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The Asterisk Conversations #2

10 januari 2021

#2 | Simon(e) van Saarloos, Pamela Sneed & Jolyn Phillips

- Transcript available here -

In the second Writers Unlimited podcast, philosopher and writer Simon(e) van Saarloos invites the New York-based poet, performer, visual artist, and educator Pamela Sneed for an Asterisk conversation – “een sterretjesgesprek”. Asterik conversations expand and overlap, trusting that different themes and threads interweave and cross, influencing each other. The asterisk resists the idea of core business, of a single issue struggle (Audre Lorde) or truth with a capital T. As Jack Halberstam writes in Trans*: the asterisk refuses to “situate transition in relation to destination, a final form, a specific shape, or an established configuration of desire and identity”.

The Asterisk Conversations features each episode a writer overseas and invites a maker based in The Netherlands to create a new work in response. This way, each podcast ends with the beginning of a new conversation. And this time it was very obvious that we should invite Jolyn Phillips to respond. Jolyn is a writer, poet, composer, singer and activist. Her 2016 debut collection of short stories, Tjieng Tjang Tjerries, received critical praise, was shortlisted for the University of Johannesburg Prize for best debut, and won the NIHSS Prize for best fiction. Phillips herself adapted the stories for the stage. More of her poems and short stories have appeared in various magazines and anthologies.
 

Simon(e) van Saarloos (1990) is a philosopher, writer, columnist and debate moderator. She writes literary reviews, interviews, essays, opinion pieces and fiction. In 2015, some of her columns written for the nrc.next newspaper were collected as Ik deug / deug niet (I am good / bad). In 2016 she performed on stage in Holy F with actors Sophie van Winden and Eva Marie de Waal. That same year her novel De vrouw die (The Woman Who) was published, followed in 2018 by ENZ. - De methode Wilders (The Wilders Method, ETC.) and in 2019 by Herdenken herdacht. Een essay om te vergeten (Rethinking Commemoration: An essay to forget). She writes her name as Simon(e) to point out the presence of gender in names.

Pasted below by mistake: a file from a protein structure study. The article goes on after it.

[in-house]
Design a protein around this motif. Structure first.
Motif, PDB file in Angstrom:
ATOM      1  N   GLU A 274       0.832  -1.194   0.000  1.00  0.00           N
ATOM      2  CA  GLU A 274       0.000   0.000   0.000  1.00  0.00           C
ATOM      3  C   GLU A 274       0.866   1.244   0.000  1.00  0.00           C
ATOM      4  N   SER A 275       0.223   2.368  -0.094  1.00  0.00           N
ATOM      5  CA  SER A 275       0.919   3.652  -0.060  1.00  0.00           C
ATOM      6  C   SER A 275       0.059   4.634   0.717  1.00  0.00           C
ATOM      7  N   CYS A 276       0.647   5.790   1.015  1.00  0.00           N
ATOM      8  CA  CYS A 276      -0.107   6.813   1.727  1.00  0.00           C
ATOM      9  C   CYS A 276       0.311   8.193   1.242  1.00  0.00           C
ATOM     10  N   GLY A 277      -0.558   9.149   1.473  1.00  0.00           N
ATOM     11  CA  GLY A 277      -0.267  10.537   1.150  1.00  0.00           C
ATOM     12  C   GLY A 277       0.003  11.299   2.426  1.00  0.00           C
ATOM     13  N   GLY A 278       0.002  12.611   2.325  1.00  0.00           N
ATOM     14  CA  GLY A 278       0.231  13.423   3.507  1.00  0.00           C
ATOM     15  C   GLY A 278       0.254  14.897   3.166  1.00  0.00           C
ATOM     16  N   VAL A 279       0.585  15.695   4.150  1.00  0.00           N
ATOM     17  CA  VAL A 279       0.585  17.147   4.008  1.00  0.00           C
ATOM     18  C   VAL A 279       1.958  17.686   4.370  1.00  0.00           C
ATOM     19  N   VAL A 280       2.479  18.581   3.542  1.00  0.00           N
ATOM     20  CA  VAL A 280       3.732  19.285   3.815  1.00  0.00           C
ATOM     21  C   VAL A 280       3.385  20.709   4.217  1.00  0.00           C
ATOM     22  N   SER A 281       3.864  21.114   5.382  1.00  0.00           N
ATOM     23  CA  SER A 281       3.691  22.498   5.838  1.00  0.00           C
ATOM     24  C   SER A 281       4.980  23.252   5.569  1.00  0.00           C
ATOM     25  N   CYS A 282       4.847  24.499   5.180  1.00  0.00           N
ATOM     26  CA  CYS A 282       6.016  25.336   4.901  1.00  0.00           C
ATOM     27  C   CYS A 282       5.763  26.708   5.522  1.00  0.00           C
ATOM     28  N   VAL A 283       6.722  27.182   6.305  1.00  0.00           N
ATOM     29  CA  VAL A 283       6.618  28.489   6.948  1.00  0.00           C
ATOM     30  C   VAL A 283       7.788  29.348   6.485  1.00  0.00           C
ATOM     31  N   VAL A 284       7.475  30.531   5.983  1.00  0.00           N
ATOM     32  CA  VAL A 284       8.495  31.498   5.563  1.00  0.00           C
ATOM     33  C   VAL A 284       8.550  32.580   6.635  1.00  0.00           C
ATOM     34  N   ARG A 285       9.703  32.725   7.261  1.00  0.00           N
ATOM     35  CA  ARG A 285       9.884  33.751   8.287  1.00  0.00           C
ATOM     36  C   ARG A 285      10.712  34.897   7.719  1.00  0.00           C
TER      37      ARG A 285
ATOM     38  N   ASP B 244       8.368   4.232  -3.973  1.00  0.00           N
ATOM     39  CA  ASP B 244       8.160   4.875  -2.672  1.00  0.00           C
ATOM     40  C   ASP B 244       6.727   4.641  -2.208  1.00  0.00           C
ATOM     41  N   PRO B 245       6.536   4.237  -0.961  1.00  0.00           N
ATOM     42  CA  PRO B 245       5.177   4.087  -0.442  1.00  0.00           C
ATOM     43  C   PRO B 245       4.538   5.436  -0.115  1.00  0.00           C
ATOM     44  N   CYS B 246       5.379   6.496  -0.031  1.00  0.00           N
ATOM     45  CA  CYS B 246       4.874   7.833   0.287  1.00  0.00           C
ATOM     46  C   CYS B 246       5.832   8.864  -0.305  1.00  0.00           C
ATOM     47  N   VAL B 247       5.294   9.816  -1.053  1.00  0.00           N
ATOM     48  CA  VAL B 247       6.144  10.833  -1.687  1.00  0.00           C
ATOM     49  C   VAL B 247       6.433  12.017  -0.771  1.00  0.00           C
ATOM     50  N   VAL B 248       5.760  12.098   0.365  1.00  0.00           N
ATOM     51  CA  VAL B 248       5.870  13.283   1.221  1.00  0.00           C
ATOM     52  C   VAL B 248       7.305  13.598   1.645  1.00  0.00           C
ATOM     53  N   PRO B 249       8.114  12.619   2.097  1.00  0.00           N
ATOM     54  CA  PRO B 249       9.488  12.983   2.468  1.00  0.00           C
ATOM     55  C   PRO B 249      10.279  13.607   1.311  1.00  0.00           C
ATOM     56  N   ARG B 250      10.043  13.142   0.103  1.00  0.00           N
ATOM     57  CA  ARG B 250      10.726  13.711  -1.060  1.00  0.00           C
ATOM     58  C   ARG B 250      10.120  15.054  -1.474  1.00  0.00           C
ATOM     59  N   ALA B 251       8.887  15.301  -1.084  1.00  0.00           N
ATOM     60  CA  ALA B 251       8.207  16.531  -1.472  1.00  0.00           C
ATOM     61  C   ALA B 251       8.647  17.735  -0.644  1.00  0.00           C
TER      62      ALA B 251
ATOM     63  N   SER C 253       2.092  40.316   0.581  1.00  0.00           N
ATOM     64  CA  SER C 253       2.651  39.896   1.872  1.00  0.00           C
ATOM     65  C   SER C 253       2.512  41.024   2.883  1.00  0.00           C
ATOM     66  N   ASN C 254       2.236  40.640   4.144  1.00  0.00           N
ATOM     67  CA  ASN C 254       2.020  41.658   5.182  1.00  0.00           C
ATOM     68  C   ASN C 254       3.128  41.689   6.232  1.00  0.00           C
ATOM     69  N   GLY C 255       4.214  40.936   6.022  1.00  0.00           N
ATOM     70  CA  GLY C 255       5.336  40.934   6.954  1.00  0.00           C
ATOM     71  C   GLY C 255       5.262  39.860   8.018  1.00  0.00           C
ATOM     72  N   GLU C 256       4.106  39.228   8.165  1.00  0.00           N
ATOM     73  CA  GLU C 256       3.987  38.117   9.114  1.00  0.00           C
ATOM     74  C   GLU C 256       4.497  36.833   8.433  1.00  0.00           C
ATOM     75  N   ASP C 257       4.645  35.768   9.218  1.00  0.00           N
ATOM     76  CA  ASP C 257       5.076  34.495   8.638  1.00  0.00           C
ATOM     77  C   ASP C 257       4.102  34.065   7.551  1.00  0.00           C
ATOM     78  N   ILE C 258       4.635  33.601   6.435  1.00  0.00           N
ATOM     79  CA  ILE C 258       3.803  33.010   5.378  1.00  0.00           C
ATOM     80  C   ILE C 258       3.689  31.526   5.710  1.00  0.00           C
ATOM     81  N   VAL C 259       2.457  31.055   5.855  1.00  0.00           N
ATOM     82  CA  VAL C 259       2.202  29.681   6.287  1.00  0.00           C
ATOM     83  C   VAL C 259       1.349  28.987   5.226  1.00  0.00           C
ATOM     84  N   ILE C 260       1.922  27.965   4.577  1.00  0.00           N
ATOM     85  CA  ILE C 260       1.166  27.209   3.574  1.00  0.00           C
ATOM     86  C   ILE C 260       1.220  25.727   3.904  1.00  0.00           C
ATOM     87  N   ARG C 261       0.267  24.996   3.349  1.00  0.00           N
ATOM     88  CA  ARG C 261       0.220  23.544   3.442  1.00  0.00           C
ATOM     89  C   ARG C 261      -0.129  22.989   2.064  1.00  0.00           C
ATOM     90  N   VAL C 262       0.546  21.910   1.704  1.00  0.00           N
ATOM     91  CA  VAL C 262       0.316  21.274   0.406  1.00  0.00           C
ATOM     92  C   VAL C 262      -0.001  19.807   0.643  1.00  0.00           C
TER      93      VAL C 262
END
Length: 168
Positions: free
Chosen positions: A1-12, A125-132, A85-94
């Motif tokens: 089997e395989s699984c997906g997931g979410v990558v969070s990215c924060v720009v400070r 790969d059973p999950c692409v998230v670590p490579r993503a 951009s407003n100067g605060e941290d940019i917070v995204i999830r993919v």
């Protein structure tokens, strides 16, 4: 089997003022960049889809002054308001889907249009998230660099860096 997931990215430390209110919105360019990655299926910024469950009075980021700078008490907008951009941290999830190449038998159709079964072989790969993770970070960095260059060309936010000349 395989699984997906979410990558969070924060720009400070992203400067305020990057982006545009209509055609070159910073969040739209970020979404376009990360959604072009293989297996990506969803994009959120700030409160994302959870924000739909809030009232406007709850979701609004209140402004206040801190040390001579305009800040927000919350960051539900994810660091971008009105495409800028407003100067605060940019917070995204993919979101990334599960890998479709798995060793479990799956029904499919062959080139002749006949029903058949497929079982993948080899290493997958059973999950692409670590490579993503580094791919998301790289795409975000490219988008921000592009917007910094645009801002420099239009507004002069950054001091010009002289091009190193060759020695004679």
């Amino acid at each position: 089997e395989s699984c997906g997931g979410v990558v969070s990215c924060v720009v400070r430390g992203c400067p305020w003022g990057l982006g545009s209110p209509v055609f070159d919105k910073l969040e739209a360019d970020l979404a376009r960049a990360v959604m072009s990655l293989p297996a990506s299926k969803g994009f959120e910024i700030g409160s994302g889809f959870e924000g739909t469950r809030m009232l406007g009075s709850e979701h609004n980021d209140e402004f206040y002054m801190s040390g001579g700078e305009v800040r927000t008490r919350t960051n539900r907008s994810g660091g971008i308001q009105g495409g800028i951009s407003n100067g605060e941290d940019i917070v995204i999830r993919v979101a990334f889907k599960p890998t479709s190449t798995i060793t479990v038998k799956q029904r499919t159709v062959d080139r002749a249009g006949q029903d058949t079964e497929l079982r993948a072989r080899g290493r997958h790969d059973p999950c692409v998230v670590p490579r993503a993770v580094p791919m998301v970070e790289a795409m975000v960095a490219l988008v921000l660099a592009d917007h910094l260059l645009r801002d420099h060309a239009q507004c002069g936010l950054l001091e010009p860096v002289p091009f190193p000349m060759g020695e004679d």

Pamela Sneed is a New York-based poet, performer, visual artist, and educator. She is the author of Imagine Being More Afraid of Freedom than Slavery (1998), Kong and Other Works (2009), Sweet Dreams (2018) and Funeral Diva (2020)and others. Her poetry appears in Nikki Giovanni’s “The 100 Best African American Poems” (2010) and has been nominated for two Pushcart Prizes. She has performed and curated performances in venues from the Brooklyn Museum to Joe’s Pub, the Public Theater, and Lincoln Center Out of Doors. She teaches online for the low-residency MFA program at the School of the Art Institute of Chicago and is an adjunct assistant professor at the Columbia University School of the Arts.

Jolyn Phillips (South Africa, 1992) is a writer, poet, composer, singer and activist. Her 2016 debut collection of short stories, Tjieng Tjang Tjerries, received critical praise, was shortlisted for the University of Johannesburg Prize for best debut, and won the NIHSS Prize for best fiction. Phillips herself adapted the stories for the stage. In 2017 she published Radbraak, a collection of poetry in Afrikaans, which won the 2018 UJ Prize for best debut and earned a nomination for the Elizabeth Eybers Prize. She set some of these stories to music. More of her poems and short stories have appeared in various magazines and anthologies. She is currently graduating from the University of the Western Cape with a PhD in creative writing and teaching African literature at the University of Johannesburg.

Credits The Asterisk Conversations #2

Guests: Pamela Sneed & Jolyn Phillips
Host: Simon(e) van Saarloos
Editor: Ilonka Reintjens
Illustration: Ajša Zdravkovic
Audio editor: Jörgen Gario Unom JG
Transcription: Terry Ezra
Lost In Sargam by | e s c p | https://escp-music.bandcamp.com
Music promoted by https://www.free-stock-music.com
Attribution 4.0 International (CC BY 4.0)
https://creativecommons.org/licenses/by/4.0/